Donald Trump is becoming closer to becoming the Republican Party’s presumptive nominee in every way in the delegate count and support. According to a new NBC News|SurveyMonkey Weekly Election Tracking Poll released on Tuesday, April 26, 2016, Trump reached 50 support for the first time in the campaign. Additionally, Trump is now within only three points of Democratic frontrunner Hillary Clinton in a general election matchup according to a new George Washington University Battleground Poll released on Monday, April 25.
In the new NBC News|SurveyMonkey Weekly Election Tracking Poll, Trump has 50 percent support up four percent in the last week. In second place is Texas Senator Ted Cruz with 26 percent down two points, and in third Ohio Governor John Kasich with 17 percent support down two points.
Trump has less support from registered Republican with 49 percent still that number is up six points from last week’s 43 percent support. NBC News indicates, “This 6-point gain is important, as Trump usually does well among independents, but has struggled to win over more traditional Republicans so far.” Both Cruz and Kasich are losing support among Republicans with 28 and 15 percent respectively.
Meanwhile, Trump is also gaining steam in his potential general election campaign against Democratic frontrunner Clinton. Trump is narrowing the once 10 percent or more gap he faced in similar polls against Clinton. According to the George Washington University Battleground Poll Trump has 43 percent to Clinton 46 percent support.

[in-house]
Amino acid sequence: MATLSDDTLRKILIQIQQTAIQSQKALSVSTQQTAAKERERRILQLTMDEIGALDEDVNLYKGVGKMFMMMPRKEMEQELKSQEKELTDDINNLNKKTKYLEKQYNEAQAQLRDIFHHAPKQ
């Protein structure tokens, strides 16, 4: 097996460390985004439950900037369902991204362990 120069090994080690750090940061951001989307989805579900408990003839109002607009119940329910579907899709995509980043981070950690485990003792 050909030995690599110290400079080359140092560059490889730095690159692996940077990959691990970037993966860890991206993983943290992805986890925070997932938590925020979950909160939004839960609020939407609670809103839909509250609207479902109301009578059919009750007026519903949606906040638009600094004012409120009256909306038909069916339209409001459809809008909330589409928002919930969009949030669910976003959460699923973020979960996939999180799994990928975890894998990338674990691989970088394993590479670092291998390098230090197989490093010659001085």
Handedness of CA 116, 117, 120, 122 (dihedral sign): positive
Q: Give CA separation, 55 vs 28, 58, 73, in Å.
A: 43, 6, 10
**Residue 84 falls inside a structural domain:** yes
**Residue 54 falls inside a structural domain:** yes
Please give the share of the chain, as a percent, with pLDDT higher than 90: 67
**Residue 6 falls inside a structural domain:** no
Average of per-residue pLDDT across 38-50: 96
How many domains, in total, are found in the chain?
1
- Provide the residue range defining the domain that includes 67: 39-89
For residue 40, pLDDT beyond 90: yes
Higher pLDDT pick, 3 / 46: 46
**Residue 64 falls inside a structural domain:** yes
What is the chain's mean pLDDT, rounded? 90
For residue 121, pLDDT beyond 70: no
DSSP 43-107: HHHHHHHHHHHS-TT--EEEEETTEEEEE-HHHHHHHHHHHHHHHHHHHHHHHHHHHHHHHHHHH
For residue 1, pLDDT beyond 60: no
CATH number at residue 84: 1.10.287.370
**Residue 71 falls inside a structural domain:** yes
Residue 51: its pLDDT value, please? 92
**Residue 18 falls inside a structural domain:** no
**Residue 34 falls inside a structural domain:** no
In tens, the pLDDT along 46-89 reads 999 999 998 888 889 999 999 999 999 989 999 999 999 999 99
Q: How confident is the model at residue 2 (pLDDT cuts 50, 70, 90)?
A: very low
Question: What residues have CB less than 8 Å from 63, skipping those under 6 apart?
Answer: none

With RealClearPolitics average of polls, Trump is seeing a deeper divide from Clinton trailing her by eight points in the general election with Clinton’s 48.8 to Trump’s 40.8 percent. The margin would be wider if Clinton’s opponent Vermont Senator Bernie Sanders were the Democrats nominee; he would beat Trump with a whopping 15.3 percent, 53.3 to 38 percent.
The new polls come just hours before five primary contests in the eastern states on Tuesday, April 26. Four of the states Connecticut, Maryland, Pennsylvania and Delaware are holding closed primaries where just registered party members can vote. Rhode Island is the only primary allowing unaffiliated voters to partake. Trump and Clinton lead by wide margins in the five states up for grabs on Tuesday, hoping a sweep with giving them both bragging rights as their party’s presumptive nominees so they can turn their focus on what will be a fierce and close general election race.